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This is a complete curriculum about food chemistry for ages 10 to 16.
FREE SAMPLE CHAPTERS:
Here is a summary of what is in each chapter:
Chapter 1: Structure of water molecule, structure of atoms, why water is a polar molecule, the chemistry of salt NaCl, the structure of a glucose (simple sugar) and sucrose (combination of glucose and fructose), definition of enzymes, and a look at how the enzyme sucrase tears apart sucrose.
Chapter 2: Carbonation, carbon dioxide, dissolved gases, mixtures, caffeine molecule, benzene ring, artificial colors, preservatives such as potassium benzoate and sodium benzoate, phosphoric acid, water’s ions (hydrogen ion and hydroxide ion), pH definition and the pH scale, pasteurization, homogenization, lactobacillus, the proteins in milk, peptide bonds, peptidases, lactose and lactase, colloids, the Tyndall effect.
Chapter 3: How butter is made, the beta-carotene molecule and how it is chopped in half to form two retinols, triglycerides, protein micelles in milk, chemistry of curdling milk, microorganisms in cheese, lactic acid fermentation by bacteria, ethanol fermentation by yeast, amylose and amylopectin starch, amylase enzyme, amino acids, the chemistry of the protein gluten and why it creates problems, the Maillard reaction, leavening with baking soda and baking powder.
Chapter 4: Emulsions and emulsifiers, anatomy of leaves, chloroplasts, chlorophyll, phtyochemicals (polyphenols such as flavonoids, resveratrol, curcumin, tannins), the history of the discovery of vitamins and information about the vitamins, comparison of type of salad greens (iceberg, red leaf, endive, spinach), fiber, microbiome in our gut, cellulose and cellulase.
Chapter 5: Capsaicin, anatomy of bean pods and seeds, chemistry of bean seeds (oil bodies, protein bodies, starch granules), endosperm, phytohemagglutinin, raffinose in beans, solanine in potatoes and other nightshades, potatoes and sweet potatoes, microscopic comparison of starch granules, the anatomy of muscle tissue, myoglobin, hemoglobin, omega-3 fatty acids, saturated and unsaturated fats, cis and trans fats, plant-based meats and leghemoglobin taken from soybean roots.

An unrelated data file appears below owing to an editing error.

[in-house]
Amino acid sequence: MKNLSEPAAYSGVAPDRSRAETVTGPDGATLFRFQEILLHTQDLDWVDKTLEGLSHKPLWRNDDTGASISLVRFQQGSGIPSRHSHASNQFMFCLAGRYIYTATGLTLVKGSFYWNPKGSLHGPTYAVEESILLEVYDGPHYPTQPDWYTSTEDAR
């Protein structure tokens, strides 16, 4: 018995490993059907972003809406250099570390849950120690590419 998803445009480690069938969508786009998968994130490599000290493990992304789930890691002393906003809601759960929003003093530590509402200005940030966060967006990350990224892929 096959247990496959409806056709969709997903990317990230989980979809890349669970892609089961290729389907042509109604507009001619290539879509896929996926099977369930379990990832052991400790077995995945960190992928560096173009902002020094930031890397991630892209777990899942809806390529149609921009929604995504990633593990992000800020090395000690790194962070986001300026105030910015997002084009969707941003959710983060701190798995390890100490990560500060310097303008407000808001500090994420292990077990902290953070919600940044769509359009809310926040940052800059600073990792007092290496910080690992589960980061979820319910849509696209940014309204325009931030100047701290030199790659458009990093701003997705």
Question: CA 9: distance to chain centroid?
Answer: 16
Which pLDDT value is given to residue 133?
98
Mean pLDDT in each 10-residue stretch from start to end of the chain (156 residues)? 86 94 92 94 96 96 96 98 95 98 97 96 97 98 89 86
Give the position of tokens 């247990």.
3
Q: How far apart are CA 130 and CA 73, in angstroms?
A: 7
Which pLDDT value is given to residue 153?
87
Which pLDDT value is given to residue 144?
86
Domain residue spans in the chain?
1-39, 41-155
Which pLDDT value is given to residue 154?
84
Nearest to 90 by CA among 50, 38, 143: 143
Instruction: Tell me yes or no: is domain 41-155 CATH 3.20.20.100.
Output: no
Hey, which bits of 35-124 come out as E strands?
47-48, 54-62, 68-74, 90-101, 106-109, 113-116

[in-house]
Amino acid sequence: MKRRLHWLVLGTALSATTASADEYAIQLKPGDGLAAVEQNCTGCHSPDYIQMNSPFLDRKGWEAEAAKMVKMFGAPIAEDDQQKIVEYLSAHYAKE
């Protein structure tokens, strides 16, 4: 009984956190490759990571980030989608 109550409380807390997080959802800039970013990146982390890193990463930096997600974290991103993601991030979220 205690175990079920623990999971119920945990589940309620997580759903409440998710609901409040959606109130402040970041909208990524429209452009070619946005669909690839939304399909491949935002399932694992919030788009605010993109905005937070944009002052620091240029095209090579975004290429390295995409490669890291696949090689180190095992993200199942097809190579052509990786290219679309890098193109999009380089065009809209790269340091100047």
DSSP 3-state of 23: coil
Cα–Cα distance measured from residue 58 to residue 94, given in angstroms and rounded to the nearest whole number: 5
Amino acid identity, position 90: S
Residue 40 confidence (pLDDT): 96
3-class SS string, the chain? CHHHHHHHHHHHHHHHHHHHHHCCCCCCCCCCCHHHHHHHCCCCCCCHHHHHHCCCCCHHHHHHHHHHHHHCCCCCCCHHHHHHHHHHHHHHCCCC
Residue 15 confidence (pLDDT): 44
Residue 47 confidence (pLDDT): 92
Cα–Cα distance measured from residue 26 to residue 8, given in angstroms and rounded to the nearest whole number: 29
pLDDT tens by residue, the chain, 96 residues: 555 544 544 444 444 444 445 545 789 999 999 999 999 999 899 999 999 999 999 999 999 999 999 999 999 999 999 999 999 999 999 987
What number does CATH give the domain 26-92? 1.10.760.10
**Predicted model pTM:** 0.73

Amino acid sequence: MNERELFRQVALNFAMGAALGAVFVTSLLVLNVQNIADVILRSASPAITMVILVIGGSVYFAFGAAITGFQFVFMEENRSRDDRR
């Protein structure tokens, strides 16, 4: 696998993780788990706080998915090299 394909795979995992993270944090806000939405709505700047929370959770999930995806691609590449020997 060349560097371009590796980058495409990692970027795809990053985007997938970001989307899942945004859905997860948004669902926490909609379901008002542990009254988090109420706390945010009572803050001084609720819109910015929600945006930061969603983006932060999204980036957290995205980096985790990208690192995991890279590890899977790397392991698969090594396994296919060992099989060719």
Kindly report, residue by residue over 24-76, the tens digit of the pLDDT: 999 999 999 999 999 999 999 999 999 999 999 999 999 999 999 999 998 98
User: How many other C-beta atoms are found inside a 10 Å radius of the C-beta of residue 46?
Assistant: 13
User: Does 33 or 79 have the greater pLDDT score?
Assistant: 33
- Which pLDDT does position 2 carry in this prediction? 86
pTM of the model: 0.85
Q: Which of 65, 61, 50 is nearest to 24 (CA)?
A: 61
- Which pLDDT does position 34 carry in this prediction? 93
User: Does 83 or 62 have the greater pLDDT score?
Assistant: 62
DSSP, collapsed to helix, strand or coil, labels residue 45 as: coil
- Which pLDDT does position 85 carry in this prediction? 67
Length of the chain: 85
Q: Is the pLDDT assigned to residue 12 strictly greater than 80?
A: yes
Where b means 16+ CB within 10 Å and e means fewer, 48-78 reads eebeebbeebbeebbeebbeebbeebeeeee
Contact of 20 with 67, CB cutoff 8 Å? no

Chapter 6: Anatomy of eggs, chemistry of beating egg whites (meringue), why eggs can make custard, thickening with starches, vegetable shortening, hydrogenating oils, physics of pie crust, collagen-based gelatins, apsics, history of Jell-O, why whipped cream gets thick, agar, pectin, carrageenan, chocolate (theobromine), caffeine, types of sugar, caramelization, menthol, xylitol, stevia, artificial sweeteners.
1) Is there a prerequisite? Do I need to do “The Elements” first? I have tried to design this book so that a prerequisite isn’t necessary, but students who have had a bit of chemistry before this will (of course) find it easier.
2) Is this book appropriate for early high school? The science content is certainly fine for high school. The only question is whether the students are okay with cartoon characters and funny jokes in their textbook.
3) Do I have to do all the activities? No, just choose the ones that are a good fit for your situation.